Let’s say we gather the usual suspects, down by the river, in the State of Nature, or thereabouts, for a bit of property theory and a few “good draughts.” John Locke says everybody can appropriate some river-water, as long as what they make their own “property” leaves “a whole river of the same water.” Now, Locke has a reputation for saying things like “my labor” when maybe he means the labor of someone else, so there’s some hesitation, but it seems like a pretty good deal, assuming it’s possible. Now, in literal terms, it seems impossible: a quantity of water, X, minus some non-zero “good draught,” G, is unlikely to = X. But, out in the State of Nature, talking about individual-scale “draughts” and a naturally resilient river-system, perhaps it is at least as good as possible.
Everyone is naturally concerned. There’s a lot at stake, and everyone has a slightly different notion about what a free water-supply institution ought to provide or allow. Walt Whitman shows up in the midst of a debate—late; everyone figures he’s been drinking in most of creation without bothering to ask—and wonders what the fuss is about. Leodile Bera (aka André Léo) tries to summarize:
“Here, fierce interests stir; there, a rather bitter faith. Is it liberty which must prevail, or equality? … In the eyes of the partisans of liberty, equality threatens tyranny. In the eyes of the egalitarians, liberty without equality is nothing but a lie. The first dread communism, and the others oppose exploitation.”
It’s all a bit of a bungle, she suspects.
“The antagonism appears between two principles which, as things now stand, divide [us] and create discord in [our] assemblies, although they make up by the same title its motto, and though their agreement alone could give the world justice.”
“And my proposal would not do that, how…?” As shady a character as Locke may be, he does seem to have a point—assuming the thing is possible.
So they think about it. Talk it out. Joseph Déjacque is ready to point out the circulating nature of the river-system, indeed of the planetary hydrosphere, or even… It’s a surprisingly popular topic, at least among some of the old socialists, who struggle to outdo each other in describing the far-ranging extent of the “circulus in universality.” But, eventually, everyone gets thirsty, and their mouths start to get a little dry from all that talking over each other. They try to get down to brass tacks.
There seems to be some rough agreement that, whether driven by need or desire, the individual can take a “good draught” of individually-appropriate size, and that, as long as the appropriation remains individual, and the river ecosystem retains its natural resiliency, things are probably just fine—and not just for drinking. The individual can bathe in the river, swim or splash around for recreation, wash whatever implements they may possess—”And probably even piss in it,” says Georges Bataille—without causing river-water, as such, to become a rivalrous good. And a tiny bit of attention to issues like sanitation, disposal of waste-water, etc., would lesson that particular danger considerably. Increases in population will cause the same individual impact to be relatively greater, of course, as will practices which lessen the ability of the river—or the planetary hydrosphere in general—to process impurities and essentially renew itself.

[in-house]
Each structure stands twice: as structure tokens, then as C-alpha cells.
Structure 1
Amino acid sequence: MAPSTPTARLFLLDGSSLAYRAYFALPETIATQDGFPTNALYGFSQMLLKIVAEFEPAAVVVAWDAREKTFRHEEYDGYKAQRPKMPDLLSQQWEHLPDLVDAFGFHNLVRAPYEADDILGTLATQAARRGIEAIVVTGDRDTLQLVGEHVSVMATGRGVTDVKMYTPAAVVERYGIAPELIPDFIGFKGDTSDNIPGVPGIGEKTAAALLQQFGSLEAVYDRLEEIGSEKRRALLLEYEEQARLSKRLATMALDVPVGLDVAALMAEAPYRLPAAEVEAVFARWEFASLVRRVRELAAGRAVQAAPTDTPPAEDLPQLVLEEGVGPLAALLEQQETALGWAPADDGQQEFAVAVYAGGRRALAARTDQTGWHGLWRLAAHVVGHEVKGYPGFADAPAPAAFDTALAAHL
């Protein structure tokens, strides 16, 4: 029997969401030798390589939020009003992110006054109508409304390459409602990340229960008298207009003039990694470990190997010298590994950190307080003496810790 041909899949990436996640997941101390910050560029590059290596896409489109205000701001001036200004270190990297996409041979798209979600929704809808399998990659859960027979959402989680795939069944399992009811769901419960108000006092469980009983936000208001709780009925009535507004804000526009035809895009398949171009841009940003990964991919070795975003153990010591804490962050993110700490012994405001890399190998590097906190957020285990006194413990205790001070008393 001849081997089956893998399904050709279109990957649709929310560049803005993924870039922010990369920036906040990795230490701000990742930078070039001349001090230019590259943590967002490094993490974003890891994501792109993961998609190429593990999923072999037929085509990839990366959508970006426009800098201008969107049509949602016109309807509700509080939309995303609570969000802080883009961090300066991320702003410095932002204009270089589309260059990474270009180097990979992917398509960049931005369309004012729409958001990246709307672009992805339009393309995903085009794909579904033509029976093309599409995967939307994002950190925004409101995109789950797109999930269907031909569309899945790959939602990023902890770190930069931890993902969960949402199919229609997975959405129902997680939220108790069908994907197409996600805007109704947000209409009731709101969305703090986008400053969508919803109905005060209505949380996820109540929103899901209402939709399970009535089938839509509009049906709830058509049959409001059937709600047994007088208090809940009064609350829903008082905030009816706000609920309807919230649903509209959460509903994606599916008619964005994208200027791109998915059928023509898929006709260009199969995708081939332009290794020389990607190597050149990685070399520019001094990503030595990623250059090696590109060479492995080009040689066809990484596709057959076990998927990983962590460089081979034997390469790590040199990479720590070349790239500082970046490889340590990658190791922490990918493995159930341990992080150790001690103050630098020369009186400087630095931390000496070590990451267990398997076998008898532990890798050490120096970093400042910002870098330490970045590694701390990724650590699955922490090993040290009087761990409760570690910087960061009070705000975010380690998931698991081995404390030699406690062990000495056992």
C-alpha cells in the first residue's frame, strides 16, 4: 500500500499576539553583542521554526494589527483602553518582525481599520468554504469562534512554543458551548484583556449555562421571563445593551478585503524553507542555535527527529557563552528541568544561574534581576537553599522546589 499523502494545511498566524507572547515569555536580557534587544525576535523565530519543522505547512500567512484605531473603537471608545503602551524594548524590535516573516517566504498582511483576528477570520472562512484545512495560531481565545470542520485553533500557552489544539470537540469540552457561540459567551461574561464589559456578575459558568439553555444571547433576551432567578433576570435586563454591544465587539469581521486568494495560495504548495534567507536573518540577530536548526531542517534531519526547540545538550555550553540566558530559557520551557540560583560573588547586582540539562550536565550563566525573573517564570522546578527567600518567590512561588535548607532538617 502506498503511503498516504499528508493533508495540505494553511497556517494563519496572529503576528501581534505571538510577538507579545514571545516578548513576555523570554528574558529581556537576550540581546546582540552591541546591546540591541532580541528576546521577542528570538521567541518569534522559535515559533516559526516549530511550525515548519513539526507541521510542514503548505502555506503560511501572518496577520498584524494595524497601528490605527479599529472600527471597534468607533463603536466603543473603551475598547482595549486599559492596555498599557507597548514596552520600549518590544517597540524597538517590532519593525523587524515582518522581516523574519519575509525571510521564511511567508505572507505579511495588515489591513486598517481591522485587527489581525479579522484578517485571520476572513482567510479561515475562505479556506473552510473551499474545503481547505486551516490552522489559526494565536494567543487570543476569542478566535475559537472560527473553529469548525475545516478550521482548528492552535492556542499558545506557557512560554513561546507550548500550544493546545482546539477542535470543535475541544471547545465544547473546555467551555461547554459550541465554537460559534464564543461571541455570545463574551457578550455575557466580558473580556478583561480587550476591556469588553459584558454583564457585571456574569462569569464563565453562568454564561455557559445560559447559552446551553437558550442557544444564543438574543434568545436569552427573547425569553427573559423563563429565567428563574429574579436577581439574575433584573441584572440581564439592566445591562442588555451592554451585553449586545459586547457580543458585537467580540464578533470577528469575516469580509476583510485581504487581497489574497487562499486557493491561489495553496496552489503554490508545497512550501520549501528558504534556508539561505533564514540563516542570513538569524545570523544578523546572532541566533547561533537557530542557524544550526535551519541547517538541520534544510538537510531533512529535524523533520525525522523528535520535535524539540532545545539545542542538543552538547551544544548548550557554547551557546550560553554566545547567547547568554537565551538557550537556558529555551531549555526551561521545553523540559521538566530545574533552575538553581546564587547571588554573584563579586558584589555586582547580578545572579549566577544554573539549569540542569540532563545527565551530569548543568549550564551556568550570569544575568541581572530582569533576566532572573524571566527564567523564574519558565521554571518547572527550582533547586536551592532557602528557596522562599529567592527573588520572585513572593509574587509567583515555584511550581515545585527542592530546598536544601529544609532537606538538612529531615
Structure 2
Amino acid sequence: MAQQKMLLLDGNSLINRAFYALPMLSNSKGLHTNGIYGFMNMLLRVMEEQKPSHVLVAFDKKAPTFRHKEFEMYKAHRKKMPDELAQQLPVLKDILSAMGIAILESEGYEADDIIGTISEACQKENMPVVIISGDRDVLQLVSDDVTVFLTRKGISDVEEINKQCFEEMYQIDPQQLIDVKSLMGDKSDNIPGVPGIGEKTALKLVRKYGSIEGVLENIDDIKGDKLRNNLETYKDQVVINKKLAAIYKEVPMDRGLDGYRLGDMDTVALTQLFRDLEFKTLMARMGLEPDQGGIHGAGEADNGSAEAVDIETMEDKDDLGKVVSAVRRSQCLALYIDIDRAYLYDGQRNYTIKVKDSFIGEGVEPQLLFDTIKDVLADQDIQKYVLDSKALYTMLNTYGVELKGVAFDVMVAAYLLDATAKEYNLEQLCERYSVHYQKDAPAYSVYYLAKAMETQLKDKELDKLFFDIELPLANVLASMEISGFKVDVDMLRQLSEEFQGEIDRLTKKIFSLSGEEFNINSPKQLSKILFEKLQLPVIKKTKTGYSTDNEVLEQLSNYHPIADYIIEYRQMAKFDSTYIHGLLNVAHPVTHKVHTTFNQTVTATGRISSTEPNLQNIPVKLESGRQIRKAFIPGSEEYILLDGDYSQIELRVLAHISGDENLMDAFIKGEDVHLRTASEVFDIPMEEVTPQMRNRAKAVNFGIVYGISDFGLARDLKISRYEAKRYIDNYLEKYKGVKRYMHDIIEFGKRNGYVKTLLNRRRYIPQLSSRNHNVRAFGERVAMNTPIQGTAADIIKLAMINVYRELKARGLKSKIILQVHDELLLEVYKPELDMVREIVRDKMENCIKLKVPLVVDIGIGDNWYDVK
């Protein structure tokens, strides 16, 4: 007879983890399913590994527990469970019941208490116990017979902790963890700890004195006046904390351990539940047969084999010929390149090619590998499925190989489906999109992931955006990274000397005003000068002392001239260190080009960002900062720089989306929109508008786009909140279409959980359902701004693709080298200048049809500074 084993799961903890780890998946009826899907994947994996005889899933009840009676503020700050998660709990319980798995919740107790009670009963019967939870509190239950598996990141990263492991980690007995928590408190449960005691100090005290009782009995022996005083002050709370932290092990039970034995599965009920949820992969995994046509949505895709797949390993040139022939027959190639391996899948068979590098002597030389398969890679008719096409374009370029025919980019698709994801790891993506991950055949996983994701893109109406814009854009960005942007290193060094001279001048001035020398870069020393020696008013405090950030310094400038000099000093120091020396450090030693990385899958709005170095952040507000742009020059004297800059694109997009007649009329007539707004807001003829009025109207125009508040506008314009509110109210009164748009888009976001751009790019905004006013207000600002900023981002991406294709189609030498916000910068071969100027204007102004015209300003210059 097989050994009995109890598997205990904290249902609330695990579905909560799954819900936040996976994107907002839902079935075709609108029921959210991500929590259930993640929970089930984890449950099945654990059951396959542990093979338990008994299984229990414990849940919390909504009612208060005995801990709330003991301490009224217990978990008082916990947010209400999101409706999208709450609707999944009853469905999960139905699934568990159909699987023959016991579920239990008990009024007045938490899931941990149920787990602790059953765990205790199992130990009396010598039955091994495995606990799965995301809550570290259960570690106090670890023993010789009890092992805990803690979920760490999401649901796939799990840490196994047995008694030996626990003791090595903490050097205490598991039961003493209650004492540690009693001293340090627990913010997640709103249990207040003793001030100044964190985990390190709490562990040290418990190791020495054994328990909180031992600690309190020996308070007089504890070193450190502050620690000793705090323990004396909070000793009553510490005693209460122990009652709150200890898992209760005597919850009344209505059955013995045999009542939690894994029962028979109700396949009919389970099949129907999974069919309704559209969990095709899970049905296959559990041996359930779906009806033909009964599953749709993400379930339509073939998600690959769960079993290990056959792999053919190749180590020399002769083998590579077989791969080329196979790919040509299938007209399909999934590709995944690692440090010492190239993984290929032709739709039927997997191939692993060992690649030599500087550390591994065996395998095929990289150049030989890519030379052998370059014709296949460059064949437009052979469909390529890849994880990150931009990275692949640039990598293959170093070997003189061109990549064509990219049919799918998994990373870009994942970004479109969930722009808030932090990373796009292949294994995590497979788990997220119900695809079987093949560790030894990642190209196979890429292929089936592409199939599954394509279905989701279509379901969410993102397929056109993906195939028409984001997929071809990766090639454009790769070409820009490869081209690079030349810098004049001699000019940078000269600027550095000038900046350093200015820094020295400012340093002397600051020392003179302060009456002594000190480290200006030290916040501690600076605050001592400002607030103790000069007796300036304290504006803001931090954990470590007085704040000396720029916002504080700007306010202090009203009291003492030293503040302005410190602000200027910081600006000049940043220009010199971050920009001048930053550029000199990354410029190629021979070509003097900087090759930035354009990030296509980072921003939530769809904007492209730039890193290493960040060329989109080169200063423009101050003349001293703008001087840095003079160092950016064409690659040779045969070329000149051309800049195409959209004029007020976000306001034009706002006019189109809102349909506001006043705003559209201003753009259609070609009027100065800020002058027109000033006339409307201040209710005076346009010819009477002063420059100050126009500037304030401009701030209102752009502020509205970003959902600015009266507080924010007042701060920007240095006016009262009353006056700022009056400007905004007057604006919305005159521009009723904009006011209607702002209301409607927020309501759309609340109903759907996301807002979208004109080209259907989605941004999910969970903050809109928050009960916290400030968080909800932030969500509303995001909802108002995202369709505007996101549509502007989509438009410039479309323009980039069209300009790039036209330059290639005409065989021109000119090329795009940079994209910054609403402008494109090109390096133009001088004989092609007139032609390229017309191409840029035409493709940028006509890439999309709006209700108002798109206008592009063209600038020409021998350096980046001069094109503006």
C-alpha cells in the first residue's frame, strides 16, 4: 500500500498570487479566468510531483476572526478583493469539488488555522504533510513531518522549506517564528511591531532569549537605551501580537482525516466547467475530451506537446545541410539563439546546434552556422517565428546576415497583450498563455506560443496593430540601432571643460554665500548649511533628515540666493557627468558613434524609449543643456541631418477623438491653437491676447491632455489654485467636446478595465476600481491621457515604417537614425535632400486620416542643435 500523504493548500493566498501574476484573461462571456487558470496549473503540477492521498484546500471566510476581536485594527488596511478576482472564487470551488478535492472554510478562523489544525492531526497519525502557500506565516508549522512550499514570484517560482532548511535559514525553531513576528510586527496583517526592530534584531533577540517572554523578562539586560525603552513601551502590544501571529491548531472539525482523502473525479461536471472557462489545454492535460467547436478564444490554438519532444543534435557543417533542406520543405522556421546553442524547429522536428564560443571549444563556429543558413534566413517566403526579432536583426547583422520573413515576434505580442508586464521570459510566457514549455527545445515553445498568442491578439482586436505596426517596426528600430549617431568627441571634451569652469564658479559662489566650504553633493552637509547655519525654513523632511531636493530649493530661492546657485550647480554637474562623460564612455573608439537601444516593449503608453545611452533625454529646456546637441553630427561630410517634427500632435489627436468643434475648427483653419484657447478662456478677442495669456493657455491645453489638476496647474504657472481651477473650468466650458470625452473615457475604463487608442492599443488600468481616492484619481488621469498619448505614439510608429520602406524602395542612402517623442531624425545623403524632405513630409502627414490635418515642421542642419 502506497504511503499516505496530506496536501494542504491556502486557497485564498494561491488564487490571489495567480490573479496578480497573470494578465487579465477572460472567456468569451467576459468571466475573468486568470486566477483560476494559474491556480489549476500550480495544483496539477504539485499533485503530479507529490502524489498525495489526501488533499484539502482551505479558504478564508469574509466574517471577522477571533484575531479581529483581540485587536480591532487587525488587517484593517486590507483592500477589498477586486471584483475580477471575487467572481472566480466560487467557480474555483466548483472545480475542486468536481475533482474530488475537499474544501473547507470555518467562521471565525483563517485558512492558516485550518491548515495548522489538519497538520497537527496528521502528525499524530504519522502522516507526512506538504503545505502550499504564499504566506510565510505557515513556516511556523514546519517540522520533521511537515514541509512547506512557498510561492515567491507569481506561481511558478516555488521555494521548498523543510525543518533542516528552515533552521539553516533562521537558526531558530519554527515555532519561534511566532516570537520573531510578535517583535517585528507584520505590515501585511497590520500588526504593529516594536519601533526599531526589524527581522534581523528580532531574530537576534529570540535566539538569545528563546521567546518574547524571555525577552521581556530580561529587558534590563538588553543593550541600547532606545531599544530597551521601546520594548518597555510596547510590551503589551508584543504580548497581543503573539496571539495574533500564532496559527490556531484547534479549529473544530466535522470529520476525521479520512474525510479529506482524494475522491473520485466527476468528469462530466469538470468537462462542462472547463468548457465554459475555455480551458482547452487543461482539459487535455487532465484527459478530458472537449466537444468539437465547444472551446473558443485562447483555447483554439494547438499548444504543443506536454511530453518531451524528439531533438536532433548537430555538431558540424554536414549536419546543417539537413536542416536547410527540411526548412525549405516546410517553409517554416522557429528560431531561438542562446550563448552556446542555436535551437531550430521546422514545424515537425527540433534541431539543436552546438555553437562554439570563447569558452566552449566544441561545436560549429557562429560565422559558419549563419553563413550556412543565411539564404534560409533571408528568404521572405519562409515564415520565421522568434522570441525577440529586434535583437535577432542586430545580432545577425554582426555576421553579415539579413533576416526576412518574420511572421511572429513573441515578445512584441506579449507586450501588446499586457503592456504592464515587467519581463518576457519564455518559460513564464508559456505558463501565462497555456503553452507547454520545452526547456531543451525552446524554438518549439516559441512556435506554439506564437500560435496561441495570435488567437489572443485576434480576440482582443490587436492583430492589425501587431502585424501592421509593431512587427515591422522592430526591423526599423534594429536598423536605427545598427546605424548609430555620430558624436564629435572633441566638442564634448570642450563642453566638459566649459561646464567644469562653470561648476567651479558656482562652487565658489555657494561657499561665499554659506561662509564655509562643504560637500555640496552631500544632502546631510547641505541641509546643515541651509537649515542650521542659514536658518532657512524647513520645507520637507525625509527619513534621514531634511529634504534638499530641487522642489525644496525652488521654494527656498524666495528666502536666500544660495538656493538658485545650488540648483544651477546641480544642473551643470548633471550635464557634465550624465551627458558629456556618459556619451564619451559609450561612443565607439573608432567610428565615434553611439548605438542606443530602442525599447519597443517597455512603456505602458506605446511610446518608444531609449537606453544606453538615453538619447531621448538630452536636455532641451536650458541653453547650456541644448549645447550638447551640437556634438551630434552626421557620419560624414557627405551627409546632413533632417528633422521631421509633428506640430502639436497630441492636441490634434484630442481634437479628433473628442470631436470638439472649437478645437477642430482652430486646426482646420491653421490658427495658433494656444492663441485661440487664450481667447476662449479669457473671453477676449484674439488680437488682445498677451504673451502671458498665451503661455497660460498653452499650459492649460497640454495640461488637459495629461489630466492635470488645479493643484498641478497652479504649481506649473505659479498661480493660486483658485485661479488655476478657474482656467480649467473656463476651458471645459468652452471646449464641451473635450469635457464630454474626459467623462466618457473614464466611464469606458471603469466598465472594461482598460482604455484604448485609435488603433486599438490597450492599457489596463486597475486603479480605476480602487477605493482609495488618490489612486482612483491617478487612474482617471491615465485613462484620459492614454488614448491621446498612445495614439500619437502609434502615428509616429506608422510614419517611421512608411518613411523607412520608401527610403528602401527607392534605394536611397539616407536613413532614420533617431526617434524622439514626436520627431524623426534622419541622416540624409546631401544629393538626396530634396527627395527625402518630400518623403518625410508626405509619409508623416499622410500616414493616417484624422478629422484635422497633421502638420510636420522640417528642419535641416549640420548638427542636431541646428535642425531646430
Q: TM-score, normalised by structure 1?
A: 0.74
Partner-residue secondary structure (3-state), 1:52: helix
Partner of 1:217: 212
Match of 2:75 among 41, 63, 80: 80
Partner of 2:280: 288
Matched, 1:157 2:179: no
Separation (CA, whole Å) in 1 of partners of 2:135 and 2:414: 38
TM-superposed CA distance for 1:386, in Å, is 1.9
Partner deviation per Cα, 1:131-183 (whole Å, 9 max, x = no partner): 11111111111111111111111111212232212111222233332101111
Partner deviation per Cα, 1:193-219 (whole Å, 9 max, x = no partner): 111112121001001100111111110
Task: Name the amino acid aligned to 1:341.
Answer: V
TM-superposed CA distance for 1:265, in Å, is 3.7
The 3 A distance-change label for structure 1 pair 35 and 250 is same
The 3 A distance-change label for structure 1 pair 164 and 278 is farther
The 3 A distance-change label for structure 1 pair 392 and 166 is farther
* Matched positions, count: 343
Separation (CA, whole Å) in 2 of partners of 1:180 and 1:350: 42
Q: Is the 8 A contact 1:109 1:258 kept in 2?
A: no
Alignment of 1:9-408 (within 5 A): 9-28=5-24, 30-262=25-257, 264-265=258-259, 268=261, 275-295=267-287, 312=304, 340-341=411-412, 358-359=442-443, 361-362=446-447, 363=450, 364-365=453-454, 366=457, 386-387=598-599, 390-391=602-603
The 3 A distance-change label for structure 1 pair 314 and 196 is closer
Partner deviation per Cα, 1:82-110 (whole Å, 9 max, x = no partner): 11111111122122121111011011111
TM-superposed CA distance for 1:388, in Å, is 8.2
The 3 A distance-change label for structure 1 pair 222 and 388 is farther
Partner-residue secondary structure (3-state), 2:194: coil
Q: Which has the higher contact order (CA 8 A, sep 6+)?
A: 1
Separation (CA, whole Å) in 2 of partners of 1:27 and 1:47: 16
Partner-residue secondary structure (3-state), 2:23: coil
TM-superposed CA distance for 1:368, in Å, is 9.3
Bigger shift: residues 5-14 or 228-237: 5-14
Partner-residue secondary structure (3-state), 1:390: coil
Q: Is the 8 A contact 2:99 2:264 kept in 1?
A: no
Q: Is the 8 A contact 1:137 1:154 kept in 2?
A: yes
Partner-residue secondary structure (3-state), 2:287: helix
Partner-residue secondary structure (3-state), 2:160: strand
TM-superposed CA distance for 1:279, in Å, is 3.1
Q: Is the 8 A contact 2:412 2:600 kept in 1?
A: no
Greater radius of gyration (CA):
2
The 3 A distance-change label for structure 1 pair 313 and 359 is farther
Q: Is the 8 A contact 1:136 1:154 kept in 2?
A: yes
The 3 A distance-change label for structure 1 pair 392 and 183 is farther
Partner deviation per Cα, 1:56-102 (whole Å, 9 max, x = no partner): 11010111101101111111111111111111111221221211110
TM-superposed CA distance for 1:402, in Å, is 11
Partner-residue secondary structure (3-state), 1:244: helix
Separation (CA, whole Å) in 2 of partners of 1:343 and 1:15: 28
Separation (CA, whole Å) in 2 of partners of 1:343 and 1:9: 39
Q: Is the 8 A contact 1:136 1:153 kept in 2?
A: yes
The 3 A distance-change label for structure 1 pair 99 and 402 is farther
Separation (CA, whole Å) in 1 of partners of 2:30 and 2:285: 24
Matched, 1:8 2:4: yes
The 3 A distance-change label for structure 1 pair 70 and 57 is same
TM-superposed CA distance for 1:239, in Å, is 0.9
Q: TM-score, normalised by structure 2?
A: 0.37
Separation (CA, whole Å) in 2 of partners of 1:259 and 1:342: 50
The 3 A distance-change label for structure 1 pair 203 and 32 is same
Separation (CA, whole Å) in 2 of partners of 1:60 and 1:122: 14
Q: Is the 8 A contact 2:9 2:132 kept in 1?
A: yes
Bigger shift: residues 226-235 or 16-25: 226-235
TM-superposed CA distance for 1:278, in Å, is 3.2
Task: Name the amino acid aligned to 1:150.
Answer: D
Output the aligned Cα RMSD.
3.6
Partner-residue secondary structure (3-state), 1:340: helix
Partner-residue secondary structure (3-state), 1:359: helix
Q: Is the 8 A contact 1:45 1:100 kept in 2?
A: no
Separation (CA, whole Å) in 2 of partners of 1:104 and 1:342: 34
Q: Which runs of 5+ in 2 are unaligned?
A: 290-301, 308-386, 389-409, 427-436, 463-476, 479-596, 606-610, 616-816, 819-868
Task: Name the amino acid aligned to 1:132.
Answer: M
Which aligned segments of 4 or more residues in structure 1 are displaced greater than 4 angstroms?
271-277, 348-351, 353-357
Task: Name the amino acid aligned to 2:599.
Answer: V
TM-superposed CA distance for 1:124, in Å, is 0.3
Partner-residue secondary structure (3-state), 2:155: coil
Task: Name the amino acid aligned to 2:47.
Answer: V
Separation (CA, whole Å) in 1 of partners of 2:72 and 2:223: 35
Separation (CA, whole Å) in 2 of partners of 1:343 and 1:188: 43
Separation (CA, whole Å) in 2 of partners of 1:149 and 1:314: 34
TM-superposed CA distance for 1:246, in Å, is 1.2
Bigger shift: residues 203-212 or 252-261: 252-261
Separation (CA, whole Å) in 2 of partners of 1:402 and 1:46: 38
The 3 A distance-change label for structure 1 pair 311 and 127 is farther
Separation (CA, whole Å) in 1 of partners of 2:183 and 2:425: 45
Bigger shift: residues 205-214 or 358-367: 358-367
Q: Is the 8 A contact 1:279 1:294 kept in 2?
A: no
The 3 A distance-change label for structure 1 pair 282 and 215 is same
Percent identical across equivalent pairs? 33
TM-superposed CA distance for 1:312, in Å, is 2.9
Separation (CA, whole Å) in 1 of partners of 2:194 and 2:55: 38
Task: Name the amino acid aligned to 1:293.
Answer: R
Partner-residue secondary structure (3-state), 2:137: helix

Everybody’s really thirsty by now. They need a drink of water. Proudhon reminds everyone that “humanity proceeds by approximations,” and they’ve probably come far enough to give things a little experiment. Everybody goes for a “good draught,” keeping an eye on what Bataille’s up to, of course. Whitman splashes around a bit, bathes and admires himself,—there is a lot of him,—dotes on pretty much everything else, and, significantly, doesn’t seem concerned at all with Bataille. Everything goes pretty smoothly. Locke is quite taken with the results. “See. All mixed.” He’s heard that some folks think he would just get mixed up with the out-of-doors, but he seems to be all there, plus a fill-up on water. He bets he could do this with food, too. Beyond that, he may have to proceed a bit by analogy, but… The Fourierists like analogies, though they’re not sure if they’ll like Locke’s. Stephen Pearl Andrews is about to weigh in with a short sermon on the question, when Max Stirner smiles at Locke and says, “It’s all food.” He looks around. “You’re all food. My food.” Though not, he adds, in any legal sense. He’s still smiling. It’s not a nice smile. Pierre Leroux doesn’t seem to notice. “That’s just what I was thinking. Well, not exactly, or, I mean, literally. You don’t… I mean:
What If humanity did not enter into what one calls the three kingdoms of nature!
If humanity formed a fourth kingdom, where that necessity to smother and devour one another did not exist!
If the mode of nutrition of man by man was purely spiritual!
If man could nourish himself spiritually from his fellows with equal profit for all!